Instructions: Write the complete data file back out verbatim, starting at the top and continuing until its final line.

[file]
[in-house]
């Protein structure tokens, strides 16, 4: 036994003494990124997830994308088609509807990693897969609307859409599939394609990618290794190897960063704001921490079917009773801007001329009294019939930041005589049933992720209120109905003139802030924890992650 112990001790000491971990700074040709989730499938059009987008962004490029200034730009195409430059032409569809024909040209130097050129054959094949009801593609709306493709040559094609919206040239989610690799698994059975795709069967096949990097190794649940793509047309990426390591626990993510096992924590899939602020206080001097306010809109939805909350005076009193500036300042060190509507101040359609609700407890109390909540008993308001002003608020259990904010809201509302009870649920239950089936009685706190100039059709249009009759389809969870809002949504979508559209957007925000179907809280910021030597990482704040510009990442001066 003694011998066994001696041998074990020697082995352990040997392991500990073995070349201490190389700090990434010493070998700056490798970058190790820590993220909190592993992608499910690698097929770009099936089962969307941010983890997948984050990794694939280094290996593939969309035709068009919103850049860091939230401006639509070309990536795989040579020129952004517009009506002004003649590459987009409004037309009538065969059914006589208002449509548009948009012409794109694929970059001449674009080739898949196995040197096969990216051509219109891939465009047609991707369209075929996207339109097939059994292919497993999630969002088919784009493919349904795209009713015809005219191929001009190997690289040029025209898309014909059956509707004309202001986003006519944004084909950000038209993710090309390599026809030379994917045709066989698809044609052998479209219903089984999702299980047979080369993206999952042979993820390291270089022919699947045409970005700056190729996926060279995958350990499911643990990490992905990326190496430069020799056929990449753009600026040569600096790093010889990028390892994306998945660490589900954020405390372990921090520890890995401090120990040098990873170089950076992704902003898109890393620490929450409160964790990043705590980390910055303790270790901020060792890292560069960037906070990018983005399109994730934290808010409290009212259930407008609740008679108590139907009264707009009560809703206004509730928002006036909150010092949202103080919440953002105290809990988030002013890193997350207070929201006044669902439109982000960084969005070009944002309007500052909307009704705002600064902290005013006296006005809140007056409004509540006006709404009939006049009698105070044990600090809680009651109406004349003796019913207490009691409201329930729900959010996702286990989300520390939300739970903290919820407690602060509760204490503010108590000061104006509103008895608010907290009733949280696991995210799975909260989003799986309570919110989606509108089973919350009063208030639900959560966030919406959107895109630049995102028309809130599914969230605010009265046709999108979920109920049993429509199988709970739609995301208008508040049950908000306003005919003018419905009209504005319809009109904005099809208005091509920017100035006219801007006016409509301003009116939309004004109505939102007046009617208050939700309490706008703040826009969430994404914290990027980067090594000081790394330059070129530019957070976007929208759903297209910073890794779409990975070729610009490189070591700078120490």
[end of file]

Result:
[in-house]
């Protein structure tokens, strides 16, 4: 036994003494990124997830994308088609509807990693897969609307859409599939394609990618290794190897960063704001921490079917009773801007001329009294019939930041005589049933992720209120109905003139802030924890992650 112990001790000491971990700074040709989730499938059009987008962004490029200034730009195409430059032409569809024909040209130097050129054959094949009801593609709306493709040559094609919206040239989610690799698994059975795709069967096949990097190794649940793509047309990426390591626990993510096992924590899939602020206080001097306010809109939805909350005076009193500036300042060190509507101040359609609700407890109390909540008993308001002003608020259990904010809201509302009870649920239950089936009685706190100039059709249009009759389809969870809002949504979508559209957007925000179907809280910021030597990482704040510009990442001066 003694011998066994001696041998074990020697082995352990040997392991500990073995070349201490190389700090990434010493070998700056490798970058190790820590993220909190592993992608499910690698097929770009099936089962969307941010983890997948984050990794694939280094290996593939969309035709068009919103850049860091939230401006639509070309990536795989040579020129952004517009009506002004003649590459987009409004037309009538065969059914006589208002449509548009948009012409794109694929970059001449674009080739898949196995040197096969990216051509219109891939465009047609991707369209075929996207339109097939059994292919497993999630969002088919784009493919349904795209009713015809005219191929001009190997690289040029025209898309014909059956509707004309202001986003006519944004084909950000038209993710090309390599026809030379994917045709066989698809044609052998479209219903089984999702299980047979080369993206999952042979993820390291270089022919699947045409970005700056190729996926060279995958350990499911643990990490992905990326190496430069020799056929990449753009600026040569600096790093010889990028390892994306998945660490589900954020405390372990921090520890890995401090120990040098990873170089950076992704902003898109890393620490929450409160964790990043705590980390910055303790270790901020060792890292560069960037906070990018983005399109994730934290808010409290009212259930407008609740008679108590139907009264707009009560809703206004509730928002006036909150010092949202103080919440953002105290809990988030002013890193997350207070929201006044669902439109982000960084969005070009944002309007500052909307009704705002600064902290005013006296006005809140007056409004509540006006709404009939006049009698105070044990600090809680009651109406004349003796019913207490009691409201329930729900959010996702286990989300520390939300739970903290919820407690602060509760204490503010108590000061104006509103008895608010907290009733949280696991995210799975909260989003799986309570919110989606509108089973919350009063208030639900959560966030919406959107895109630049995102028309809130599914969230605010009265046709999108979920109920049993429509199988709970739609995301208008508040049950908000306003005919003018419905009209504005319809009109904005099809208005091509920017100035006219801007006016409509301003009116939309004004109505939102007046009617208050939700309490706008703040826009969430994404914290990027980067090594000081790394330059070129530019957070976007929208759903297209910073890794779409990975070729610009490189070591700078120490």